Brussels is one of the seats of the European Union so they have a cool visitor center that we stopped in. I was expecting a small shop with pamphlets (Justin expected a tri-fold history day project) but we got an hour long walkthrough of the history of the EU complete with little handheld touch screen guides and games. It was pretty impressive. But just like history classes in high-school I will probably forget everything I learned.

The hostel gave us some great maps (hipster maps no joke) that have waking tours just outside the inner city. We took the "East Tour" through some nice parks, and also through one of the poorer neighborhoods. The latter area has a large outdoor market area that's blocked off from traffic, that was nice to wander up. At the top of the hill were some cool cars colored like taxis that had been filled in with dirt and left to grow plants.

The little car planter installation is kind of indicative of what make Brussels a neat and comfortable town. The city is not as esthetically pleasing as Zurich or Paris, but there are things like these cars, or a large orange overhead snake-thing that we saw this morning that give the town some vitality and personality.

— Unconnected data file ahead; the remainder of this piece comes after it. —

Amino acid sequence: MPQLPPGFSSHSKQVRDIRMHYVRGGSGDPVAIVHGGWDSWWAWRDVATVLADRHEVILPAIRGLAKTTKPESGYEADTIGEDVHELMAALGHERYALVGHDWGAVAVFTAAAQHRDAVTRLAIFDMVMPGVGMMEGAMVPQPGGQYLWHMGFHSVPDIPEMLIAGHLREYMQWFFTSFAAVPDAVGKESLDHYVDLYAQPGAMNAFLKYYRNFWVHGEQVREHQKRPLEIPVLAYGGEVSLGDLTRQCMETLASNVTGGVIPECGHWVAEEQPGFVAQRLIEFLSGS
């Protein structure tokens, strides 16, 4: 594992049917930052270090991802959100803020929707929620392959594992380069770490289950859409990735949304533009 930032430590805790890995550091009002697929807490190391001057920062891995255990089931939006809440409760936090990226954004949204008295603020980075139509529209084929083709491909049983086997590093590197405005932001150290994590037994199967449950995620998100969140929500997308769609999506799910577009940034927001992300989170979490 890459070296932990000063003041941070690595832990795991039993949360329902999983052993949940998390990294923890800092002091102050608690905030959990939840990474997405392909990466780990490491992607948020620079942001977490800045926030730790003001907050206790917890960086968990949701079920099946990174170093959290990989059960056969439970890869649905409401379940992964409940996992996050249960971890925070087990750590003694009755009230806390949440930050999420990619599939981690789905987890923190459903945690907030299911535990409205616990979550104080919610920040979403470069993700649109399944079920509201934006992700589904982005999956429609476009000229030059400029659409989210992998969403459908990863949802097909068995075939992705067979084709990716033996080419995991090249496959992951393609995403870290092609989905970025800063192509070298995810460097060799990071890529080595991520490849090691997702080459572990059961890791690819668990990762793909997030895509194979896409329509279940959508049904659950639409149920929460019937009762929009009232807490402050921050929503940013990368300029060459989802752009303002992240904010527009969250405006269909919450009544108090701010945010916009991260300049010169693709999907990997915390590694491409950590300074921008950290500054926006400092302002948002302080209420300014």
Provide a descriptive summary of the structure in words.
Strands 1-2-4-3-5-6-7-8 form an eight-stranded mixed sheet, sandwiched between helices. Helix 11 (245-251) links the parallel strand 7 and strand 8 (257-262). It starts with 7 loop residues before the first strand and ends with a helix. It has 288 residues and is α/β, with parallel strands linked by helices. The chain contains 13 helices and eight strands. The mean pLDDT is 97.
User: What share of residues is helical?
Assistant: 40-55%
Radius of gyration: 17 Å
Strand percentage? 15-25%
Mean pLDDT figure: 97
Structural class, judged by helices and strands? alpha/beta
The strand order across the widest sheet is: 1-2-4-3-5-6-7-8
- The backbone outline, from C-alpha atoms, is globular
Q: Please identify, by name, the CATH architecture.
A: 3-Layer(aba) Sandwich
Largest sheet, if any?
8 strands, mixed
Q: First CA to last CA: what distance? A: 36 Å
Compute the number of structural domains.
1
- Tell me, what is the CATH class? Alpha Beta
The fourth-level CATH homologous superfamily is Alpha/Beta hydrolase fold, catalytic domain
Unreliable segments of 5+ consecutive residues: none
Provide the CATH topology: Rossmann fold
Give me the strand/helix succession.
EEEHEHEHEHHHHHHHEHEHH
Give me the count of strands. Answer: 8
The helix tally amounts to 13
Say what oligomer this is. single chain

Language here has been interesting. They officially speak both French and Dutch here, but everyone also speaks English. This means that signs can often be in all of these languages, or depending on which neighborhood you're in, only one of them. The Dutch is a nice way to get used to Amsterdam though, where we go tomorrow!

We didn't end up doing too much tonight. I mean we walked probably 3 or 4 miles, but I didn't take any pictures and we didn't go in anywhere. We took a trip to a wealthier part of town that our map suggested we check out (it was a tip from a local guy whose occupation is actually listed as "hipster") and look at the nice buildings, expensive stores and fancy restaurants. There was an antique store that also looked cool but by the time we got there it was closed. Actually pretty much everything was closed by the time we got up there. That's okay though, the walk was nice and it was interesting to see things outside of the inner Brussels area. Brussels used to be surrounded by a giant wall (like a really really long time ago) and the "inner city" part is what used to exist inside the walls. So even though I said earlier that the city is easily walkable, that's really only this inner area. Outside of the city there are tons of neighborhoods, sort of like Paris. We arrived in a poor red-light neighborhood last night and tonight visited an old-money neighborhood. The problem with this plan though was that we arrived too late to go into shops, and the dining was all out of our price range. After wandering until our feet hurt we settled on an "irish pub" which served American pub food. No matter! It was food, and we didn't have to eat it standing up. Speaking of food, I haven't eaten waffles or chocolate yet. Only French-fry uber-sandwiches.